Further, the fact that some individuals are eligible for an exemption while others are not is not necessarily fatal under rational basis review. “[L]egitimate public policies [may] justify the incidental disadvantages [laws] impose on certain persons.” Romer v. Evans, 517 U.S. 620, 635 (1996). “Like all rational actors with limited resources, [a government actor] must reach its abstract goal ․ by a series of practical requirements and easily-administered rules judged to be reasonable surrogates for it.” Brennan v. Stewart, 834 F.2d 1248, 1259 (5th Cir. 1988). As the Supreme Court has explained, “the fact that ․ exemptions exist ․ does not render [a law] violative of equal protection” if there are “valid reasons for [the] exemptions ․ and no evidence to dispel them.” McGowan v. Maryland, 366 U.S. 420, 427 (1961).

Because the Ordinance’s challenged classification “rationally further[s] a legitimate state interest[,]” Nordlinger, 505 U.S. at 10, we conclude that it does not violate the Equal Protection Clause.

V.

For the foregoing reasons, we AFFIRM the district court’s judgment.

FOOTNOTES

1. The term “premises where children commonly gather” is defined as including “all improved and unimproved areas on the lot where a public park, public playground, private or public school, public or semi-public swimming pool, public or non-profit recreational facility, day care center or video arcade facility is located.”

2. Duarte contends that the Lewisville ordinance is so restrictive that it effectively banishes him from the city, thus infringing on his constitutionally protected liberty interest to reside in the location of his choice. As we have set forth above, in light of the Supreme Court’s holding in Connecticut Department of Public Safety, we need not decide whether the Ordinance deprives Duarte of a constitutionally protected liberty interest, nor do we need to apply the test set forth in Matthews v. Eldridge, 424 U.S. 319 (1976), concerning the constitutional adequacy of procedural protections. However, we note that whether an ordinance or statute like the one at issue here constitutes effective banishment remains an open question.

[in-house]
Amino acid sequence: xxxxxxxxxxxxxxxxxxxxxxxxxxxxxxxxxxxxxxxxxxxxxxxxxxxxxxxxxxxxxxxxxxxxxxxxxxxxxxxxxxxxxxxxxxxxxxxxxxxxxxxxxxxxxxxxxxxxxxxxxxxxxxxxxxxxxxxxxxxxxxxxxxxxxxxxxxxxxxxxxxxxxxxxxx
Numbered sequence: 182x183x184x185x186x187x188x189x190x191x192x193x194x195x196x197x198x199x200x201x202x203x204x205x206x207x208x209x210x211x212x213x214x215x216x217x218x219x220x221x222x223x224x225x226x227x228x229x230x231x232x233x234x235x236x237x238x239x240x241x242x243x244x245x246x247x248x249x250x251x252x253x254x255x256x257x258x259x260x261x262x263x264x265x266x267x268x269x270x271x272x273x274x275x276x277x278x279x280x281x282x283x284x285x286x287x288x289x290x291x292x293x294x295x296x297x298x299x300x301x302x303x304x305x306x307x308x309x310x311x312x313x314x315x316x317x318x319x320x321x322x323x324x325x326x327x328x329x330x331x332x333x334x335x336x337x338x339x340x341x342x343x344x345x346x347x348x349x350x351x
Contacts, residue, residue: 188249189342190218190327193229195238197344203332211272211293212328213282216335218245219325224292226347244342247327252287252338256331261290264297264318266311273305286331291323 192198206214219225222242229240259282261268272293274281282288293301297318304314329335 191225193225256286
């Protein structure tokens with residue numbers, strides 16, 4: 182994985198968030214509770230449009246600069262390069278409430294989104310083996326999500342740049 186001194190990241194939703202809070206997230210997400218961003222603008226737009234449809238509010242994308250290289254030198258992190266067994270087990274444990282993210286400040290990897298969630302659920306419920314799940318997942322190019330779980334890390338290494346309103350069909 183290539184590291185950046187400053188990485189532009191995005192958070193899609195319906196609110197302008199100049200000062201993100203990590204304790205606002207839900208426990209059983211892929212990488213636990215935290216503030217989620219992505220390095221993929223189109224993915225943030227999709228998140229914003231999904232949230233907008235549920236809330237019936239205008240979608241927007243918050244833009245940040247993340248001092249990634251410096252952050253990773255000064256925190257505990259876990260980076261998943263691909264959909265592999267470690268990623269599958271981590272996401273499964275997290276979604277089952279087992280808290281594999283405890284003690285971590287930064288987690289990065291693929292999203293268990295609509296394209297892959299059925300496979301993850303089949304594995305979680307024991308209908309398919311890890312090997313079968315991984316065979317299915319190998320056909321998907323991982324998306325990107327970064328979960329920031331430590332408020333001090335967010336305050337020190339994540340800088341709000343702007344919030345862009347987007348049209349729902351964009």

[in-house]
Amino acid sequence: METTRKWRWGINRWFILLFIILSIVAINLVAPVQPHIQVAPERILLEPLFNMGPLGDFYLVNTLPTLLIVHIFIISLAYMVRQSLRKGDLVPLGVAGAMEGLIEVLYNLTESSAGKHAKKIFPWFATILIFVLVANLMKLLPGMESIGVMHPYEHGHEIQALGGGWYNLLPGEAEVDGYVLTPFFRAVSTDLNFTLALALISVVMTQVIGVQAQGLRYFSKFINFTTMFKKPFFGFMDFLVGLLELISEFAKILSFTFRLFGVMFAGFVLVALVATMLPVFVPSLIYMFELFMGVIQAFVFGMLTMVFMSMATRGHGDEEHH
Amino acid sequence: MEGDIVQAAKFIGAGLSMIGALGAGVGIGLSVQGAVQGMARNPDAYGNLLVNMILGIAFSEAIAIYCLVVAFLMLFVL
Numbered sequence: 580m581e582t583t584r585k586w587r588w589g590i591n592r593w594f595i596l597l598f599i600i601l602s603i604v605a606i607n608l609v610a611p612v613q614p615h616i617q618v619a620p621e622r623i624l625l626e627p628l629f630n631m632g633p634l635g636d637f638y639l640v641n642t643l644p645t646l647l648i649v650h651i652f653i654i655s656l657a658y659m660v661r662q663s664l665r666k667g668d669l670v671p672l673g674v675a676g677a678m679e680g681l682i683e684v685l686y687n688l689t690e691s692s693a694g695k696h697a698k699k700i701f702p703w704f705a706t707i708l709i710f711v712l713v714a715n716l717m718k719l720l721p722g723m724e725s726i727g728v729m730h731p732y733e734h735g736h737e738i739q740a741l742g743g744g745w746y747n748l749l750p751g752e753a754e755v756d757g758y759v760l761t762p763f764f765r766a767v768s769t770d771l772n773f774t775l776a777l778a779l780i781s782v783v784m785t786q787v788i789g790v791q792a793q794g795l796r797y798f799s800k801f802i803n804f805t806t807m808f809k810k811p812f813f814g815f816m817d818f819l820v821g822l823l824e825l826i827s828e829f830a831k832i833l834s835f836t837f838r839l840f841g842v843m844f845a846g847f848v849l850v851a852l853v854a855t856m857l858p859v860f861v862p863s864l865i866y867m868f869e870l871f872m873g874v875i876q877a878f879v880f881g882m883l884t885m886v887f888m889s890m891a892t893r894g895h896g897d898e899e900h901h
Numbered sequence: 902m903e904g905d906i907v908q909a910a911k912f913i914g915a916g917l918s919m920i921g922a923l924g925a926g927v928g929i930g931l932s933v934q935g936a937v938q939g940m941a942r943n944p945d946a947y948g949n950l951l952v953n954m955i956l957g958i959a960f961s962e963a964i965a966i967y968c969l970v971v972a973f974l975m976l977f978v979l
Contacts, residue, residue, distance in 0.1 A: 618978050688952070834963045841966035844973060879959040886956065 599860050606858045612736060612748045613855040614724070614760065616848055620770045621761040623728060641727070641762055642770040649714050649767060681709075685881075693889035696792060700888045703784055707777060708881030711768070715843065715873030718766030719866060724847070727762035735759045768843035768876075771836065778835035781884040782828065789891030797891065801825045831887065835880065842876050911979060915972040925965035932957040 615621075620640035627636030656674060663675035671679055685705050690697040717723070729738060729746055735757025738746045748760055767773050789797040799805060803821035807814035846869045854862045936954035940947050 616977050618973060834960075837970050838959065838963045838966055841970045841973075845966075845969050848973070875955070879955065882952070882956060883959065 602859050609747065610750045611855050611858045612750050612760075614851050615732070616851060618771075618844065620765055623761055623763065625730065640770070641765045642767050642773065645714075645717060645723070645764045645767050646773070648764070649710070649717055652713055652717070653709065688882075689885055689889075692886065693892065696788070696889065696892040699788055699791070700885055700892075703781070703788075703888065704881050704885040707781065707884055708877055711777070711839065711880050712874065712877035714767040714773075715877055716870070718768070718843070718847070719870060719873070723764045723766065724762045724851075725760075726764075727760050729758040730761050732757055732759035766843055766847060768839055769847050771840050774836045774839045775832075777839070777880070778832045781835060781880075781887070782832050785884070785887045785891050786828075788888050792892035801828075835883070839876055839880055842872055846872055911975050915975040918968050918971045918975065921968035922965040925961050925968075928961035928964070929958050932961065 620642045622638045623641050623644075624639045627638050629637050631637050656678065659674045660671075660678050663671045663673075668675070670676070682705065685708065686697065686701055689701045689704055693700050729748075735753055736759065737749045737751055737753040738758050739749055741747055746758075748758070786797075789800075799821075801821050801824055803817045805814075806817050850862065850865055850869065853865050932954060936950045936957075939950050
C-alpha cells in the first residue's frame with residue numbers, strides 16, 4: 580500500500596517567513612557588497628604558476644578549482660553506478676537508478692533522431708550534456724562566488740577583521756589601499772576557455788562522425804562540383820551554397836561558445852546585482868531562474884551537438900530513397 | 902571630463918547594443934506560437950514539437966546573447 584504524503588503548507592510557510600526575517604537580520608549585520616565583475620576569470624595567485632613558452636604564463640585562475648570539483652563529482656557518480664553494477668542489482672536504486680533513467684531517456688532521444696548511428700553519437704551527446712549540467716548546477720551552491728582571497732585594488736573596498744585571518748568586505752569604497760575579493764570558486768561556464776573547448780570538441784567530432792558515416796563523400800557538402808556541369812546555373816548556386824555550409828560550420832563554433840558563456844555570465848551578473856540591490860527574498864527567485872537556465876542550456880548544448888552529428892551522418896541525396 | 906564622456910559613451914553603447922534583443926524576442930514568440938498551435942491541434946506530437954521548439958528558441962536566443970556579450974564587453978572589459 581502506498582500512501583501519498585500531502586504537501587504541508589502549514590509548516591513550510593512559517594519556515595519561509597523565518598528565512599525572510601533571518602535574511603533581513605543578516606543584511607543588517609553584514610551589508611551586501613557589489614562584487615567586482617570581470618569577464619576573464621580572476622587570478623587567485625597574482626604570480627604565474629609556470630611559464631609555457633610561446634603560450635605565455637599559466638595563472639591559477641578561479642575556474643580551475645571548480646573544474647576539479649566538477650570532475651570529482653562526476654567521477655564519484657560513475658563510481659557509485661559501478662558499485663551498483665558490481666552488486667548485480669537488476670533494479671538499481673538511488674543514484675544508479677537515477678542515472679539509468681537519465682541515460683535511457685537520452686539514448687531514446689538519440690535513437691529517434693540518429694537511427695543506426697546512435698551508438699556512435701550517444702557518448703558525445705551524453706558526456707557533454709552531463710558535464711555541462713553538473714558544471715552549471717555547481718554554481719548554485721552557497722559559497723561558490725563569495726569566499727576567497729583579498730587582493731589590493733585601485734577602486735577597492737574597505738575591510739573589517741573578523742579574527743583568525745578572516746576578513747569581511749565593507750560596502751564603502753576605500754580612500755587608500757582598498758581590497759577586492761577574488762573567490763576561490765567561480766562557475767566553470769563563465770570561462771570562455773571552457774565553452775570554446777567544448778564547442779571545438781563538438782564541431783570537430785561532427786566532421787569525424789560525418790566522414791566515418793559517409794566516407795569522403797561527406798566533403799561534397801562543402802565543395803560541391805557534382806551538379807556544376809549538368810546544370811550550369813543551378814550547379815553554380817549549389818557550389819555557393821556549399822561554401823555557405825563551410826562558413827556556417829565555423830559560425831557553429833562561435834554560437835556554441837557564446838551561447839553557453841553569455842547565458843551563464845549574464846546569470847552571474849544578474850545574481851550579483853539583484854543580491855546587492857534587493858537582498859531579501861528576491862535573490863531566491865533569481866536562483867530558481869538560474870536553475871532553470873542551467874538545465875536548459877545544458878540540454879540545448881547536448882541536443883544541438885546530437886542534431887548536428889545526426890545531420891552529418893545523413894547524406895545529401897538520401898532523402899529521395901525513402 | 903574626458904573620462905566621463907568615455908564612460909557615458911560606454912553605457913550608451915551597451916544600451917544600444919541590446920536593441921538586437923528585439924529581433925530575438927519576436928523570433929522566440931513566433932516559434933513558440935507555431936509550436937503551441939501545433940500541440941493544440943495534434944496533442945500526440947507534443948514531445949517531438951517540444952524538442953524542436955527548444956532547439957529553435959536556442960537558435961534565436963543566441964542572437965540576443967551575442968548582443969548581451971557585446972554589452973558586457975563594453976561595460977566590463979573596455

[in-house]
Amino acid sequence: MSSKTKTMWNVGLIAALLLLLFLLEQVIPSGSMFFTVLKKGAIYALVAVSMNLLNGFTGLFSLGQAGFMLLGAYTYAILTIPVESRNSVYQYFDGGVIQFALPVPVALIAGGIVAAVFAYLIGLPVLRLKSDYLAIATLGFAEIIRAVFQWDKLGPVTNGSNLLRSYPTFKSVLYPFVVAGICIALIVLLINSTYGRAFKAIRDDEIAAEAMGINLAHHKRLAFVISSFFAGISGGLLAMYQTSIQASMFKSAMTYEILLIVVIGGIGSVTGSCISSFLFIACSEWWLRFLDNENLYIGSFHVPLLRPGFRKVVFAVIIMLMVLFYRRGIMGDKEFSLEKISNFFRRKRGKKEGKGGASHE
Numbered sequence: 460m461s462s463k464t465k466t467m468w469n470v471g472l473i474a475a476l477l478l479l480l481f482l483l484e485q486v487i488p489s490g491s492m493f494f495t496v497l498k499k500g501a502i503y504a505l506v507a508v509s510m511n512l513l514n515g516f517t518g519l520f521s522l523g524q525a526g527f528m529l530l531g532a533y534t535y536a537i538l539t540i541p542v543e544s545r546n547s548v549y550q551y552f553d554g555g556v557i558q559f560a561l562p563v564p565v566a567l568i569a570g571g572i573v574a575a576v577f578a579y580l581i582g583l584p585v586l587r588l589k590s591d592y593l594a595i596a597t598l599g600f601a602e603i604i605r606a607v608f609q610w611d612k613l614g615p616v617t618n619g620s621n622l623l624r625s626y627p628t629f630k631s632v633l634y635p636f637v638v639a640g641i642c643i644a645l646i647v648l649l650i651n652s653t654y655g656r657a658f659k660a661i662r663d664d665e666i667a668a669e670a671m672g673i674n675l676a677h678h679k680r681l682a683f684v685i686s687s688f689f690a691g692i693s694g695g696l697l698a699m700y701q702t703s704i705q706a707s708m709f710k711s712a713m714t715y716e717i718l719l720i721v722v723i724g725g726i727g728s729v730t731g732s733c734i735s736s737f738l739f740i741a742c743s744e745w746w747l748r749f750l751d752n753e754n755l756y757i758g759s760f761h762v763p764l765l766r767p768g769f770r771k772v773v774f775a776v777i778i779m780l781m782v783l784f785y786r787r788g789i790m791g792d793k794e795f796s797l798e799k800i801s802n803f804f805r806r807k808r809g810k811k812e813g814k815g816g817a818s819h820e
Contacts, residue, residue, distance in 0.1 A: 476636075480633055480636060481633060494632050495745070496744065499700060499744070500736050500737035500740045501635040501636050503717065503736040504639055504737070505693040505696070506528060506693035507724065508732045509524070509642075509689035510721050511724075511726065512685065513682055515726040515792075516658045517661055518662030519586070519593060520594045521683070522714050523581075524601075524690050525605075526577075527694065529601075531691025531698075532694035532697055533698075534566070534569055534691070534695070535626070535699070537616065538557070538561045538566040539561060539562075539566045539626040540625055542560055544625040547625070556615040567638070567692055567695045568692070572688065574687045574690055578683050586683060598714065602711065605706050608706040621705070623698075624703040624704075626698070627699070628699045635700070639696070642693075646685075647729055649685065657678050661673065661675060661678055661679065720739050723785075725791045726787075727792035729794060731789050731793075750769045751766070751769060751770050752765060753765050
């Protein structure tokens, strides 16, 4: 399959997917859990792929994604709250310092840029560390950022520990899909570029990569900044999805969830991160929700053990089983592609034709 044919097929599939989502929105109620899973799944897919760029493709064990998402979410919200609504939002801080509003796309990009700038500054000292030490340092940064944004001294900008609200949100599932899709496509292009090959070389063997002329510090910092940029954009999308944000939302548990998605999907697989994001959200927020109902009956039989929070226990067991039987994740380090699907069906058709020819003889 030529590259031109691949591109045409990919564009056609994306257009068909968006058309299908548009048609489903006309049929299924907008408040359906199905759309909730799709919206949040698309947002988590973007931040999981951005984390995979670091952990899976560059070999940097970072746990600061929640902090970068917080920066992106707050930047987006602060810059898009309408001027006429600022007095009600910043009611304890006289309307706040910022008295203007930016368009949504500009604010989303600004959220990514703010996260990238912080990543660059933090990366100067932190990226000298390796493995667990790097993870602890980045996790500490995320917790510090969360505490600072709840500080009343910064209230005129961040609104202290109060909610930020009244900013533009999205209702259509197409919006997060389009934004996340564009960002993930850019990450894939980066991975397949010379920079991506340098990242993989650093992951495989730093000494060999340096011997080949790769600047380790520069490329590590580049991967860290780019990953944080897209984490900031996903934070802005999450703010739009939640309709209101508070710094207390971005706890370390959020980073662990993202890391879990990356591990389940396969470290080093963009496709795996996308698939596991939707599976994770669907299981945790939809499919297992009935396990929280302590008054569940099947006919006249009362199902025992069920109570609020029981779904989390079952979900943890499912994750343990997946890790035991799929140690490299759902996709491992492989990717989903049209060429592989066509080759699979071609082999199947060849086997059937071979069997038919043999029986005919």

3. While the procedural element of the Due Process Clause protects individuals “from the mistaken or unjustified deprivation of life, liberty, or property[,]” Carey v. Piphus, 435 U.S. 247, 259 (1978), the substantive element “forbids the government to infringe ․ ‘fundamental’ liberty interests at all, no matter what process is provided, unless the infringement is narrowly tailored to serve a compelling state interest.” Washington v. Glucksberg, 521 U.S. 702, 720–21 (1997) (quoting Reno, 507 U.S. at 302). Because Duarte explicitly waived any arguments about whether effective banishment would infringe substantive due process, both in his briefing and at oral argument, we do not address whether the Ordinance infringes on a fundamental right or liberty interest.

4. Because Appellants have failed to adequately brief the issue, we do not reach the question of whether the Ordinance “operates to the disadvantage of some suspect class or impinges upon a fundamental right explicitly or implicitly protected by the Constitution.” Richard, 70 F.3d at 417. This court previously has held that sex offenders are not a suspect class for equal protection purposes. See Stauffer v. Gearhart, 741 F.3d 574, 587 (5th Cir. 2014). As with Appellants’ Due Process Clause claim, we also do not reach the question of whether the Ordinance impinges on a fundamental right. See supra Note 3.

STEPHEN A. HIGGINSON, Circuit Judge: